- The Washington Times - Friday, October 12, 2001

JERUSALEM Israel expects to be targeted by Washington for a political offensive as soon as the United States has wound down its military attack on Afghanistan.
Israeli political sources said they believed the Bush administration was intending to revive and aggressively pursue a diplomatic initiative it had formulated before the Sept. 11 terrorist attack in New York and Washington.
That attack caused Secretary of State Colin L. Powell to postpone a speech he intended to deliver at the United Nations last month outlining Washington's proposal for resolving the Israel-Palestinian question.
Israeli sources said this proposal echoed that made by President Clinton in his last weeks in the White House, albeit in far less detail. It included the following central points:
Two states for two peoples. Both Israel and the Palestinian Authority accept this formula, although Palestinian Islamists demand destruction of Israel.
Jerusalem as the capital of both Israel and a Palestinian state. This is demanded by the Palestinians but has been rejected in the past by Israel.
Recognition of the national character of each state. This is important to Israel since it appears to support its rejection of the return of millions of Palestinian refugees to Israel, which would negate the Jewish character of the state.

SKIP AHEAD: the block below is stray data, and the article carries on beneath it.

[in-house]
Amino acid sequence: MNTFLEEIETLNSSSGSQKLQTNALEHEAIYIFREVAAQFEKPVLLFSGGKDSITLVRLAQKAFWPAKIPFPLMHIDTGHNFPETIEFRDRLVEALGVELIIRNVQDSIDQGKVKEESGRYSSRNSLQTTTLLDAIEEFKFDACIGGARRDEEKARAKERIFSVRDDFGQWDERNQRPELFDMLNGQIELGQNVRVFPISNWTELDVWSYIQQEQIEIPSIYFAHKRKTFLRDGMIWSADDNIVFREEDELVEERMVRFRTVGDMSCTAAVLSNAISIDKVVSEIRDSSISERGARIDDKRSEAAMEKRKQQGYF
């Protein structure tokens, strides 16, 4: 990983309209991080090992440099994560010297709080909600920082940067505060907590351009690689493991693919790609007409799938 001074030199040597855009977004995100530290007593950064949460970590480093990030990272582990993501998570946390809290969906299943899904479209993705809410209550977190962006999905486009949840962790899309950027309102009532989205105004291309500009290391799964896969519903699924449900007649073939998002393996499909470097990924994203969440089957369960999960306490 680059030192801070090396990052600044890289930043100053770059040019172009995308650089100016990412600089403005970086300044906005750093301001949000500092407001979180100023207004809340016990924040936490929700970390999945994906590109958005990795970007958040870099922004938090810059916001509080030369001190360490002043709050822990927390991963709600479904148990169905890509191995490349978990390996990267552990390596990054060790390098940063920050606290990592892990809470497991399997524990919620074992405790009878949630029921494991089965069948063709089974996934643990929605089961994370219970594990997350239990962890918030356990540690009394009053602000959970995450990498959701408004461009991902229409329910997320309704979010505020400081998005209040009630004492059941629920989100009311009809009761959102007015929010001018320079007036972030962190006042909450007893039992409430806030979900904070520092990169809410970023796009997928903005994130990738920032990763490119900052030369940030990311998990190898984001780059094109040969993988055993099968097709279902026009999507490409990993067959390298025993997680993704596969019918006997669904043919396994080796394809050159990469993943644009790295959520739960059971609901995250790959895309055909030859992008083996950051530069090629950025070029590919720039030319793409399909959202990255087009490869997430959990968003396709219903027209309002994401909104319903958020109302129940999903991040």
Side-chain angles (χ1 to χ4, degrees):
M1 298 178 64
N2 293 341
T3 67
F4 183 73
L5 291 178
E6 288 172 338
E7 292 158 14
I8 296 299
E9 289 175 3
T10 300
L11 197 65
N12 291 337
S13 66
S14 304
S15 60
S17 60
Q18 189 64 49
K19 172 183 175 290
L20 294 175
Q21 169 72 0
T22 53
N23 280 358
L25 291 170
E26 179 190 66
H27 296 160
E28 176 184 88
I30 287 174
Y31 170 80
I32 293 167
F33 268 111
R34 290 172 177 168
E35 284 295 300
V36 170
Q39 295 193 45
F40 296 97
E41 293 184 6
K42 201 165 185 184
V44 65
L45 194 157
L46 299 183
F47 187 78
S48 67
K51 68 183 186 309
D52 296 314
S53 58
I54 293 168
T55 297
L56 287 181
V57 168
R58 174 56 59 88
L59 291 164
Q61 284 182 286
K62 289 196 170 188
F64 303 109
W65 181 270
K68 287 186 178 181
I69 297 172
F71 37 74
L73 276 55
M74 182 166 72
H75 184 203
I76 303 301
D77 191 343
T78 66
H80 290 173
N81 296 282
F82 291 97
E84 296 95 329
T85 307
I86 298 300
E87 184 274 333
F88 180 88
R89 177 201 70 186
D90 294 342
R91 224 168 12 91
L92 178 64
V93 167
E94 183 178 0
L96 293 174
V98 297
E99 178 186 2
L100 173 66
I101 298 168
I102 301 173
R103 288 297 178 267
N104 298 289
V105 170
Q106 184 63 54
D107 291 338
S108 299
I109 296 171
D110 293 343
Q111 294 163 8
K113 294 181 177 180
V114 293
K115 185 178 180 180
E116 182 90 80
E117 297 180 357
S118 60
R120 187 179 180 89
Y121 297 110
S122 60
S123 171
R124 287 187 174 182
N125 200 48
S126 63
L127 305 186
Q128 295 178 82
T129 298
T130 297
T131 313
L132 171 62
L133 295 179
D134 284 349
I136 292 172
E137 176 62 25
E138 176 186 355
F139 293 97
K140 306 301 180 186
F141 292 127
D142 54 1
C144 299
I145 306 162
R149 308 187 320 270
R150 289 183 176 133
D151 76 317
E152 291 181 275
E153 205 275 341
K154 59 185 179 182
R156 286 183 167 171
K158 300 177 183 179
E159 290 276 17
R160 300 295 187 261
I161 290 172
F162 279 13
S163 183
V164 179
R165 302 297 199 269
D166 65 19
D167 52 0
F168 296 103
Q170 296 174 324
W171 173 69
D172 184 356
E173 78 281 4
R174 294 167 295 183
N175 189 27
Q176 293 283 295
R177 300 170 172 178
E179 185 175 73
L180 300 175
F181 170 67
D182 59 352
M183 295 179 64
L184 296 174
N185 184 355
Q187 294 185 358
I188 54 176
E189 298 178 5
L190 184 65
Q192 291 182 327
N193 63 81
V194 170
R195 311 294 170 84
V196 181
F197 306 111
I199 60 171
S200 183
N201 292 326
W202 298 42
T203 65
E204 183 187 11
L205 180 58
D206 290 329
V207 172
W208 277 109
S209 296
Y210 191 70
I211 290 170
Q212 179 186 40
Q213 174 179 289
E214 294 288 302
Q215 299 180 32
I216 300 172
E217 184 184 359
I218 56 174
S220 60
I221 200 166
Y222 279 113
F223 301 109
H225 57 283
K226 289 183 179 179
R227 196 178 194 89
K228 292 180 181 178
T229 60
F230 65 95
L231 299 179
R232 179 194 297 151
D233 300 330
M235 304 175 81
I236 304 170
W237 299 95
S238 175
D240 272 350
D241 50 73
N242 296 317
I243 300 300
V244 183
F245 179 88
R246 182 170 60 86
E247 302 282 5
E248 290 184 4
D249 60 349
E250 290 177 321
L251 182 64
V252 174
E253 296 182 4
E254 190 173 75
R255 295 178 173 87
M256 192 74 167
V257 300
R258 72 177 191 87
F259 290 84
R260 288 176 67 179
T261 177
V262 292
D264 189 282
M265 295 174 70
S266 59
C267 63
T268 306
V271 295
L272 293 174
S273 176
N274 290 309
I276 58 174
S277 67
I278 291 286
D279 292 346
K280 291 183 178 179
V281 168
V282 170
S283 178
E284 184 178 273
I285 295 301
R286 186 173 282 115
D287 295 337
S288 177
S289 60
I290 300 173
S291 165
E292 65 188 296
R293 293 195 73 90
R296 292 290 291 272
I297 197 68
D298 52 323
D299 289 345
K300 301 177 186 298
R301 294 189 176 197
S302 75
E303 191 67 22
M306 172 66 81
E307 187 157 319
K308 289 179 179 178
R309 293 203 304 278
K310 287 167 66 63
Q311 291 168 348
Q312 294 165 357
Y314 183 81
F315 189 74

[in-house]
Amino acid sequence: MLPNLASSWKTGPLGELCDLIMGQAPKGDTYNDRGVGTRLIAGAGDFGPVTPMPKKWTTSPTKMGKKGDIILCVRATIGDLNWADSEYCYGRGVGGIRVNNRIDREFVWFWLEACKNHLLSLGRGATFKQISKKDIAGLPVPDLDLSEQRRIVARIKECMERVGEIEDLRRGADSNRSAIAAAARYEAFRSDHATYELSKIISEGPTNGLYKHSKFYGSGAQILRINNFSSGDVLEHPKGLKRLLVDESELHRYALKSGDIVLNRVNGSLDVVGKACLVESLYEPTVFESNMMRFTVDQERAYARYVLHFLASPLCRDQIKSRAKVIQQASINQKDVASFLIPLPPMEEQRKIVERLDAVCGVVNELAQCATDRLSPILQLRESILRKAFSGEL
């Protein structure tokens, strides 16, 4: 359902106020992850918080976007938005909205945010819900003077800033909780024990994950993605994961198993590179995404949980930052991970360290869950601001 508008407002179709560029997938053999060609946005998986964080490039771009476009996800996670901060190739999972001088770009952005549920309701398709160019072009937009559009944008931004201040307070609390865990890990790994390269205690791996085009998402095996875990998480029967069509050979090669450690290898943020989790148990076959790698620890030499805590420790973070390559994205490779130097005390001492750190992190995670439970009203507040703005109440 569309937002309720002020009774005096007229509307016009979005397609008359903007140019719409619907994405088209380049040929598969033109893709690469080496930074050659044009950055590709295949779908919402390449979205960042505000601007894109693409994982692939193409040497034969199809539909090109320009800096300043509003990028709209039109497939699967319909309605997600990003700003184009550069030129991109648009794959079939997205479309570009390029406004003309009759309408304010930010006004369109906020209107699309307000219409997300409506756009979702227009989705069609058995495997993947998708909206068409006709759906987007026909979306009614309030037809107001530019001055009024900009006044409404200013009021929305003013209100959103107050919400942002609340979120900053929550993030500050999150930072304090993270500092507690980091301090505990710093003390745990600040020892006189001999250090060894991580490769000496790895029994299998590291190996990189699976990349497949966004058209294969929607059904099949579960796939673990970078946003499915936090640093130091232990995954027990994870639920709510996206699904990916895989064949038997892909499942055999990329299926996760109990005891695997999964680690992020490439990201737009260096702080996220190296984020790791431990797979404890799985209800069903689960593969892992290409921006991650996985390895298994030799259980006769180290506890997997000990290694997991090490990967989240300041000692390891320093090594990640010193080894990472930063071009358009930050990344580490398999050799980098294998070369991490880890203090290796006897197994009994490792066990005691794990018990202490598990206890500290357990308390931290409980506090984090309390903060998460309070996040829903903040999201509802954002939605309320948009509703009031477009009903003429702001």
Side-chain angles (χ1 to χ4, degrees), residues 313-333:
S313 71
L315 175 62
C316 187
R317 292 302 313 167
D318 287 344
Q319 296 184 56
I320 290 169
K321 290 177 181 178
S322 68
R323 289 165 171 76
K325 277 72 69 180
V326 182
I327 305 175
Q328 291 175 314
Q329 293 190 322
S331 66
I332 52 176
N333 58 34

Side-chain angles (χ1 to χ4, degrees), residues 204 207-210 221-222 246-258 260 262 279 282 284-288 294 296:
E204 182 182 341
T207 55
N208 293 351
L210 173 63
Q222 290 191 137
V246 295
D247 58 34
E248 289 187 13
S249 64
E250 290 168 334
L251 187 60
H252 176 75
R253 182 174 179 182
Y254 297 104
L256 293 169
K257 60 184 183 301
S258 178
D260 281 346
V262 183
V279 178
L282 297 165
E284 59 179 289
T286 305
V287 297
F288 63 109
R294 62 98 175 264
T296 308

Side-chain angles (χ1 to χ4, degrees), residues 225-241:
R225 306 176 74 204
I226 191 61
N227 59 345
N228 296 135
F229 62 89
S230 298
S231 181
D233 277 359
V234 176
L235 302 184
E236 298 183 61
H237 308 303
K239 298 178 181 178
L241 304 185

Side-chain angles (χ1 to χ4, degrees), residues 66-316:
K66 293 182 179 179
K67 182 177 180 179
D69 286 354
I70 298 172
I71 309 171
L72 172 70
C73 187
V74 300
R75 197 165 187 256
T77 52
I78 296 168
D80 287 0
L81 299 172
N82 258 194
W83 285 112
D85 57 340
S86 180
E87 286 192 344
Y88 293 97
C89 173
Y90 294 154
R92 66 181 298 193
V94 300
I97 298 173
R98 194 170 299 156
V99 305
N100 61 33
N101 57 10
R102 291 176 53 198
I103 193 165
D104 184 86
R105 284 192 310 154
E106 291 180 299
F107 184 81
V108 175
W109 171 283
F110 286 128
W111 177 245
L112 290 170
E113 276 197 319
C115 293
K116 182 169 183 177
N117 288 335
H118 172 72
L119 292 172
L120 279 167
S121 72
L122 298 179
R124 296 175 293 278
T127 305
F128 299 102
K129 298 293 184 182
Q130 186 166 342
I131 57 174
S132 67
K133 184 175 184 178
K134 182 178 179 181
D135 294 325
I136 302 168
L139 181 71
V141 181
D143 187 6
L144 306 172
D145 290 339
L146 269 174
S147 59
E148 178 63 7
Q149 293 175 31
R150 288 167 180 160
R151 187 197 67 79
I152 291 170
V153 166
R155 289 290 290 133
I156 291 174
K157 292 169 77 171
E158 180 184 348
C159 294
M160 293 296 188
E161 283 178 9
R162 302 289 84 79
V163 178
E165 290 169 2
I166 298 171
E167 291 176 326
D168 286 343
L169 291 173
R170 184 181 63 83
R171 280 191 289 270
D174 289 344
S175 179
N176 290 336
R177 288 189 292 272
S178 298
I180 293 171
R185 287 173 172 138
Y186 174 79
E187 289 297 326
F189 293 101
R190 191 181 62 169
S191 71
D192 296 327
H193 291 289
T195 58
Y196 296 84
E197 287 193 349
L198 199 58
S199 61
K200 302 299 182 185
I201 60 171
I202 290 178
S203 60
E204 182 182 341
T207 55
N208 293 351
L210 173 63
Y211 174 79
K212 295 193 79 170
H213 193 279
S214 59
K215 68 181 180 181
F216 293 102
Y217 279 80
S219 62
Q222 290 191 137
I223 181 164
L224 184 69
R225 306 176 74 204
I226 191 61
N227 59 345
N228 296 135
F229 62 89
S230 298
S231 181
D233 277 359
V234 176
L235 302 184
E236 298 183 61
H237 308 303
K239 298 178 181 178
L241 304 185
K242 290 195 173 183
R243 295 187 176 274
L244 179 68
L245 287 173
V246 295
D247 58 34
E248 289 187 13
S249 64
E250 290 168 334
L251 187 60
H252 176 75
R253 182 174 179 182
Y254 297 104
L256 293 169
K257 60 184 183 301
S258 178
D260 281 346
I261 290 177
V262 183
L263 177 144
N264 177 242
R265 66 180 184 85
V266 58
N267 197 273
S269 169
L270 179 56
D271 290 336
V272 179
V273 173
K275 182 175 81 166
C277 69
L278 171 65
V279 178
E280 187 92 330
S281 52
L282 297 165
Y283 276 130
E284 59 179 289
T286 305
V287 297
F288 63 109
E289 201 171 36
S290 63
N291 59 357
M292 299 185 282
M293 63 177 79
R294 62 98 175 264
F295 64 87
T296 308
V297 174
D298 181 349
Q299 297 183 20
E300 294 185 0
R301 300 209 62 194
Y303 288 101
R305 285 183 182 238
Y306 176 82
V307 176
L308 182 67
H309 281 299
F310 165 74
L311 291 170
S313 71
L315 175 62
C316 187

The Bush administration had intended at its outset to avoid the deep involvement in the Middle East that marked the Clinton administration.
Within a few months, however, it became clear that stability in the region would not be restored without American intervention.
America's current anti-terror campaign, whose targets are entirely Muslim, makes it even more imperative for Washington to placate the Muslim world by seeking to resolve the Palestinian issue.
Just yesterday, Egyptian President Hosni Mubarak said at a joint press conference with British Prime Minister Tony Blair that there would be "no safety on our planet" without a comprehensive solution to the conflict.
German Chancellor Gerhard Schroeder, hosting Jordan's King Abdullah II in Berlin, said the peace process "needs new momentum."
"The United States, the European Union, the United Nations and other forces active in the region must bring pressure to bear on the two parties," he said.
Fear that Washington might pursue Arab support at Israel's expense led Prime Minister Ariel Sharon last week to publicly declare that Israel would not permit itself to become another Czechoslovakia, a reference to the concessions made to Nazi Germany by Great Britain in 1938, leading to the division of Czechoslovakia.
Mr. Sharon had to apologize after an angry reaction in Washington. Mr. Powell reiterated this week that the United States was a firm friend of Israel and never would endanger its interests.

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